Critics’ contention that many of the jobs are benefit-free temporary positions filled through staffing agencies is “nonsense,” Husing said. “Amazon has created 20,000 new jobs, and those are full-time.” The median local wage for wholesale trade workers with just a high school degree and little training — a category that includes logistics workers — is $15.12 an hour, with half earning less and half earning more, he added.
Husing sees the Medina bill, which is backed by the California Labor Federation, as “an attempt by a liberal Democrat to stop or slow down the projects.” The Chamber of Commerce calls the bill “extremely onerous,” adding that “public disclosure of this sensitive information would put businesses which choose to operate in California at a competitive disadvantage.”
Medina’s proposal is limited to transparency measures. A more radical bill, authored by Sen. Stephen Glazer (D-Orinda), passed the Senate Thursday and is pending in the Assembly. SB 531 would outright prohibit any new agreements that give online retailers a share of the sales tax California cities collect on goods the retailers sell and ship to customers across the state.
A twist in California tax law allows cities to return to corporations part of their sales tax payments, based on operations they have in those cities. That creates an incentive for retailers to assign sales to cities where warehouses are based, rather than where their products eventually wind up. According to a study commissioned by the California League of Cities, which supports the Glazer bill, these tax breaks amount to more than $1 billion a year — money that would otherwise go into public coffers.
“State and local governments are scrambling to fund public safety, roads, affordable housing and tackling the homeless crisis,” Glazer said. “The gains from these agreements are doubtful.”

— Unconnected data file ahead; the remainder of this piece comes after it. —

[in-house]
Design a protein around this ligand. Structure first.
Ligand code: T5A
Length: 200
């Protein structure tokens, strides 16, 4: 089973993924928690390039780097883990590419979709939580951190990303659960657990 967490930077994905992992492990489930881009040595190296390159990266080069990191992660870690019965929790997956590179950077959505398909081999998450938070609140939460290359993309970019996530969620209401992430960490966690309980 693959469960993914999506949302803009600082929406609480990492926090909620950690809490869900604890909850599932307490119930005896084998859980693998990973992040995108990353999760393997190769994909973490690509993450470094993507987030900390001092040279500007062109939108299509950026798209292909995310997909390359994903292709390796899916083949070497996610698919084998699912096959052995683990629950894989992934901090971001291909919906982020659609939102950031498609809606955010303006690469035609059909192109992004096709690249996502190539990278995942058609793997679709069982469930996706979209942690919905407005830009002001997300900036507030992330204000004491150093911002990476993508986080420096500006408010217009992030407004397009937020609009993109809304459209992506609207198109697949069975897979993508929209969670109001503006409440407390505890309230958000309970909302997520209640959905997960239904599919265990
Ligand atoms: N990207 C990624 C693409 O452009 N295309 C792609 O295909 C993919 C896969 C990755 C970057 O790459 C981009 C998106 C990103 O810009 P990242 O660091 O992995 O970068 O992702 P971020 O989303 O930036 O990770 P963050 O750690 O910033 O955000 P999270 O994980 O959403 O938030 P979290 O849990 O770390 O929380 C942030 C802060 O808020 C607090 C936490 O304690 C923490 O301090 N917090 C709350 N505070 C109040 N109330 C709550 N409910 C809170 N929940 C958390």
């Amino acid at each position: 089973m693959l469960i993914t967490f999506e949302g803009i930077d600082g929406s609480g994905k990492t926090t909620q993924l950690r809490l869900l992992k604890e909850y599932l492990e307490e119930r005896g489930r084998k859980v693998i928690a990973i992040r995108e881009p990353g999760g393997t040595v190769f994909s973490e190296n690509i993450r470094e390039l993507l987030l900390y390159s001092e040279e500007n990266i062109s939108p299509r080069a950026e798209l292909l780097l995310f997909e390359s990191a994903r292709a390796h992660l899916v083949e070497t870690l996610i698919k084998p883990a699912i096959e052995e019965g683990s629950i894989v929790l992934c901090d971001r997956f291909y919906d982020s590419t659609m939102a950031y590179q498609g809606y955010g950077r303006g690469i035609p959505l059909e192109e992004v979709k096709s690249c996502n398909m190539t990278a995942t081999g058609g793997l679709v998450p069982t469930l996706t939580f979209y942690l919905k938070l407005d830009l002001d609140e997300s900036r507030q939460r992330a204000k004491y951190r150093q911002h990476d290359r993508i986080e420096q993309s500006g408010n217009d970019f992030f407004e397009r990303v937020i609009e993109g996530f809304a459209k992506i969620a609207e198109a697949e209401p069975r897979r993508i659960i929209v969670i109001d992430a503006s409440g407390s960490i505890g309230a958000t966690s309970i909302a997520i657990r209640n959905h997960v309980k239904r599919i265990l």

However, Inland Empire officials argue that it’s only fair that the tax-sharing pacts encourage companies to assign their sales tax payments to warehouse locations, since those communities bear higher infrastructure costs to support the logistics industry and they suffer more from the pollution generated by trucks and trains.
Ontario, with more than 40 warehouses and distribution centers, has 10 tax revenue-sharing deals listed on its website. “We need these tools to compete with other states and regions,” said John Andrews, the city’s economic development director.
He cited a pact that granted QVC, the home-shopping giant, more than half of the sales tax it would generate from moving its $130-million Western distribution center to Ontario in 2015. Was the deal too generous? “QVC was also looking at locations in Arizona and Nevada,” Andrews said.
At the San Bernardino gathering, leaders of community, labor and environmental organizations did not advocate scrapping the airport development altogether. But new logistics facilities, they argued, should come with “community benefits agreements” guaranteeing well-paid, stable jobs and measures limiting air pollution, including air filters and soundproofing for schools and residences.
Unions want the new employer, whoever it may be, to allow them to organize workers. “The logistics industry has depressed wages and created a highly contingent and transitional workforce,” said Randy Korgan, secretary-treasurer of Teamsters Local 1932, which seeks to expand its representation of warehouse workers.
Last October, Amazon, which has fought attempts to unionize its workforce, set its starting wage at $15 an hour, but many warehouses and distribution centers pay less. According to a widely used standard created by MIT to measure local living costs and wages, an Inland Empire family with one working adult and a child would need a full-time job paying $26.94 an hour to make ends meet.
A February report by the Washington, D.C.-based Brookings Institution concluded: “Among large regions, the Inland Empire consistently ranks nearly last on measures of prosperity and economic inclusion,” noting the area’s below-average earnings in logistics as well as healthcare, hospitality and retail.